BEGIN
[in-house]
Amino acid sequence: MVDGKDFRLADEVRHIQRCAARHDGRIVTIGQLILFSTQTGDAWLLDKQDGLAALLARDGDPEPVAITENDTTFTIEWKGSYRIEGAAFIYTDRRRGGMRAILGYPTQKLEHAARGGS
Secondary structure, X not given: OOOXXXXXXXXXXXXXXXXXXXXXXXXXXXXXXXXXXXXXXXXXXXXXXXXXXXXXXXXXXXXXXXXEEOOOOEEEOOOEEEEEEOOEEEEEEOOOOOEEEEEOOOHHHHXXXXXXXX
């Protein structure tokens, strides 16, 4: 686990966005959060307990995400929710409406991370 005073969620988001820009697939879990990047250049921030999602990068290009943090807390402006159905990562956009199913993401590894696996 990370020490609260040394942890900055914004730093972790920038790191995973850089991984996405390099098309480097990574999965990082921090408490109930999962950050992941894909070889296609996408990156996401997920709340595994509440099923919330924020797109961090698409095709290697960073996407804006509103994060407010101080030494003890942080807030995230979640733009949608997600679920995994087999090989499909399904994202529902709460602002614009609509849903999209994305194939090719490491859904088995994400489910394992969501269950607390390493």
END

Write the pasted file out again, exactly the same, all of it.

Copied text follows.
[in-house]
Amino acid sequence: MVDGKDFRLADEVRHIQRCAARHDGRIVTIGQLILFSTQTGDAWLLDKQDGLAALLARDGDPEPVAITENDTTFTIEWKGSYRIEGAAFIYTDRRRGGMRAILGYPTQKLEHAARGGS
Secondary structure, X not given: OOOXXXXXXXXXXXXXXXXXXXXXXXXXXXXXXXXXXXXXXXXXXXXXXXXXXXXXXXXXXXXXXXXEEOOOOEEEOOOEEEEEEOOEEEEEEOOOOOEEEEEOOOHHHHXXXXXXXX
């Protein structure tokens, strides 16, 4: 686990966005959060307990995400929710409406991370 005073969620988001820009697939879990990047250049921030999602990068290009943090807390402006159905990562956009199913993401590894696996 990370020490609260040394942890900055914004730093972790920038790191995973850089991984996405390099098309480097990574999965990082921090408490109930999962950050992941894909070889296609996408990156996401997920709340595994509440099923919330924020797109961090698409095709290697960073996407804006509103994060407010101080030494003890942080807030995230979640733009949608997600679920995994087999090989499909399904994202529902709460602002614009609509849903999209994305194939090719490491859904088995994400489910394992969501269950607390390493």